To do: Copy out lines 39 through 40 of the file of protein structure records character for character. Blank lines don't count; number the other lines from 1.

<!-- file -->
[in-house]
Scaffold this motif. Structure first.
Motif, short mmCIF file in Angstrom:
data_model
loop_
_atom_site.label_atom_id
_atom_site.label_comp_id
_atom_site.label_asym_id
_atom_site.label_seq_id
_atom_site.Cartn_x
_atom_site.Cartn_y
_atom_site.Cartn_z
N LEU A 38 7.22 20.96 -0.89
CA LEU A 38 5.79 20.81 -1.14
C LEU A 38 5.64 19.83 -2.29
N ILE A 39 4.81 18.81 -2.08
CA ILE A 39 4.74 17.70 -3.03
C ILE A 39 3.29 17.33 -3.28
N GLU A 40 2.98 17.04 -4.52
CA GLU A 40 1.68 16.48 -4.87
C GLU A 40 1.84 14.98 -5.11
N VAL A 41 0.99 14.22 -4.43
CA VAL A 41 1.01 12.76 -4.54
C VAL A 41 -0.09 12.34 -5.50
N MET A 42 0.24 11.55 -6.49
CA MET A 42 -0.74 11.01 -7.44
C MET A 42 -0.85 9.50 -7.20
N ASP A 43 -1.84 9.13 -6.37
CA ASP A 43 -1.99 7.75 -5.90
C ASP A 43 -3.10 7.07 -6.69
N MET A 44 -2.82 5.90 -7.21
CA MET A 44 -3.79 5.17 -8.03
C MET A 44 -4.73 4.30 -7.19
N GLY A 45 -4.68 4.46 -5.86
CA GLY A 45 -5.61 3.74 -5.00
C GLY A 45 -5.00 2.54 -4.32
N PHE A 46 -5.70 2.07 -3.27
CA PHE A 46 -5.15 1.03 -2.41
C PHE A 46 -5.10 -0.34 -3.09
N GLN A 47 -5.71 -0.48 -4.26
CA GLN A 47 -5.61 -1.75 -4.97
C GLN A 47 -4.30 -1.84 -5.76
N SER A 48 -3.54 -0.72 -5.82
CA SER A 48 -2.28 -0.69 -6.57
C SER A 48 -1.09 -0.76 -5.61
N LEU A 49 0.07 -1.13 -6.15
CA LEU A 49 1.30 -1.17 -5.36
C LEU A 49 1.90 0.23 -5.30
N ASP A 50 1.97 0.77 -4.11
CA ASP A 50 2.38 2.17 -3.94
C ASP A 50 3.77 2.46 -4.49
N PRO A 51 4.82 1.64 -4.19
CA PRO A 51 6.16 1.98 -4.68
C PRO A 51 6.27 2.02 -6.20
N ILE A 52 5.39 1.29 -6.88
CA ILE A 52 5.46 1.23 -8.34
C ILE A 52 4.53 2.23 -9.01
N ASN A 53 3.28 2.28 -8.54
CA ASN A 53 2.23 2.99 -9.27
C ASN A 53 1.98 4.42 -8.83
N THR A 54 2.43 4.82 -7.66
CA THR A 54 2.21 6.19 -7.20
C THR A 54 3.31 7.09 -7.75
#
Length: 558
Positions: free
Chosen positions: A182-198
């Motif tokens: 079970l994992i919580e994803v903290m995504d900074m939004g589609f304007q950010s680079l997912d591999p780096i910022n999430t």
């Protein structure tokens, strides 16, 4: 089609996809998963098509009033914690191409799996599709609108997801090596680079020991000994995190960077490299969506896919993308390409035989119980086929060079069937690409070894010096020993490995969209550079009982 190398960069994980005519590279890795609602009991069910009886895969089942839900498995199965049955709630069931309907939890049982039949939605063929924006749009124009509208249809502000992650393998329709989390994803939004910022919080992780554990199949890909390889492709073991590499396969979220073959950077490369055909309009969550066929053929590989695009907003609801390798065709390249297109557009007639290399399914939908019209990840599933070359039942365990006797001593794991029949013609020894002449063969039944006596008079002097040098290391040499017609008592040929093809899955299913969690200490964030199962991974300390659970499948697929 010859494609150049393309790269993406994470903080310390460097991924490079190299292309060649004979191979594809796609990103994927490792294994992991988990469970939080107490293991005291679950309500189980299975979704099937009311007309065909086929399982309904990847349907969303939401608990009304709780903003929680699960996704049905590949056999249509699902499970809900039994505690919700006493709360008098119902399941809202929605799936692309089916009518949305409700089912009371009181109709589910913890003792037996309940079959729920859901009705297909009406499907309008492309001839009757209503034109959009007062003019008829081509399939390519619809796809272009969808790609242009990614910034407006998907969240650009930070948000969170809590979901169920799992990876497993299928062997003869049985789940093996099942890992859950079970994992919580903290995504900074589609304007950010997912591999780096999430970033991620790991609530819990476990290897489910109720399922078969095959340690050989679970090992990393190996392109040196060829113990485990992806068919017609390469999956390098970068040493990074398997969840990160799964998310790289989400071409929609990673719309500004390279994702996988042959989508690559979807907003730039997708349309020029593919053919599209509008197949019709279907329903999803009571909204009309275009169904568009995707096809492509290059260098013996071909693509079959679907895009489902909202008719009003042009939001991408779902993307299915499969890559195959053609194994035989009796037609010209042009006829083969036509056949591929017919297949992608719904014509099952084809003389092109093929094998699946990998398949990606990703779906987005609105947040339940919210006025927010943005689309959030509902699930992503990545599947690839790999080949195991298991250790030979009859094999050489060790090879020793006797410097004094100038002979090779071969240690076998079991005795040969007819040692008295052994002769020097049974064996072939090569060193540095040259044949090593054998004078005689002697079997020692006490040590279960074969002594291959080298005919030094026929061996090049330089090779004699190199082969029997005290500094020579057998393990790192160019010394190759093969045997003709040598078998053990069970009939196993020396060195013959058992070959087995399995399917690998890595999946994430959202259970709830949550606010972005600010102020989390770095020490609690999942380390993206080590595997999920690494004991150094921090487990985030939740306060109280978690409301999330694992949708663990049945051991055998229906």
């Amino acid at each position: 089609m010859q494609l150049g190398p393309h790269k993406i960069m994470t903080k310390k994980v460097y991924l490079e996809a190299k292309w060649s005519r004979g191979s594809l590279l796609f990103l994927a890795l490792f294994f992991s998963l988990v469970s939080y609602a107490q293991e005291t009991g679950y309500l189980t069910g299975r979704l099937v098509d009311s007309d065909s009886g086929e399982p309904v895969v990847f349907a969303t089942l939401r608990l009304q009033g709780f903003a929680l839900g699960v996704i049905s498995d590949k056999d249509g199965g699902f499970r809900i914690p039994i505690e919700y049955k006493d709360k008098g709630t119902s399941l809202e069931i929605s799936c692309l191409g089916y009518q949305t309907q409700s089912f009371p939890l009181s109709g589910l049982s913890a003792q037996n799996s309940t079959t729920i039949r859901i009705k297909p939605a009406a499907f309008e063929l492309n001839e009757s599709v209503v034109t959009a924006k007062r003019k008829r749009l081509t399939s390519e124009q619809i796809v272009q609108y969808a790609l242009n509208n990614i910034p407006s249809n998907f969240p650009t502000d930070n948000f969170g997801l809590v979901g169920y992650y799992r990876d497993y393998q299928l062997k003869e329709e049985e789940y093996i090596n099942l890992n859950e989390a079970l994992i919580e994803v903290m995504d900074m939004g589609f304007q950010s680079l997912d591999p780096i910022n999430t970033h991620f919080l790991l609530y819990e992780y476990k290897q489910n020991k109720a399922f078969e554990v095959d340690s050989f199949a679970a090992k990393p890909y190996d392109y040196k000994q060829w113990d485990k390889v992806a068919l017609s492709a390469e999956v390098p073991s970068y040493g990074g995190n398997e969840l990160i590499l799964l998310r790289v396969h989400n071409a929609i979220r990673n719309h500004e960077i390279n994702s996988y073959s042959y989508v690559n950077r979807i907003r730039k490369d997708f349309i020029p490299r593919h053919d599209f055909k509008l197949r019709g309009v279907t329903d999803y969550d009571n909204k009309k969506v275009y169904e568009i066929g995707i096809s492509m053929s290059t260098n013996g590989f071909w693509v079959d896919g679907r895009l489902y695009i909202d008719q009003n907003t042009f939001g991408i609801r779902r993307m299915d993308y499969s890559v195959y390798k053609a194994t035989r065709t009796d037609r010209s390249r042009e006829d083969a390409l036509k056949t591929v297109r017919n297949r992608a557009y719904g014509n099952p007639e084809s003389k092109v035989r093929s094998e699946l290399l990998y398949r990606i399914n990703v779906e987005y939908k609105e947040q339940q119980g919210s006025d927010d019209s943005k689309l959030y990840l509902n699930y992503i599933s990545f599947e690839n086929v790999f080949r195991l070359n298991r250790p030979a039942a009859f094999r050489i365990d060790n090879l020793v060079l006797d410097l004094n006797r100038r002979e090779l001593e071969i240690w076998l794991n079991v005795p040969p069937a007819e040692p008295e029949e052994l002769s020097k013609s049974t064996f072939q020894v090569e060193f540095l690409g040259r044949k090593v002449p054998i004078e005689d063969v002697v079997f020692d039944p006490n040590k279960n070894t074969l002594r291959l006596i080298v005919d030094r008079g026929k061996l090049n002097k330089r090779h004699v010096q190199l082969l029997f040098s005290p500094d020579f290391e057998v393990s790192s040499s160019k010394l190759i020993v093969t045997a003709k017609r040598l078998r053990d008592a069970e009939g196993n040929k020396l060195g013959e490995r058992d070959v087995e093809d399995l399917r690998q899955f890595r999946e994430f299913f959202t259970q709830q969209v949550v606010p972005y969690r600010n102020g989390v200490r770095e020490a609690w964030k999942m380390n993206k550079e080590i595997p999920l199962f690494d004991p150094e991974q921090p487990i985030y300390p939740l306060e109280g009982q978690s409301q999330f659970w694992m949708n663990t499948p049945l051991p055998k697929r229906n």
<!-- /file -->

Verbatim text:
C PHE A 46 -5.10 -0.34 -3.09
N GLN A 47 -5.71 -0.48 -4.26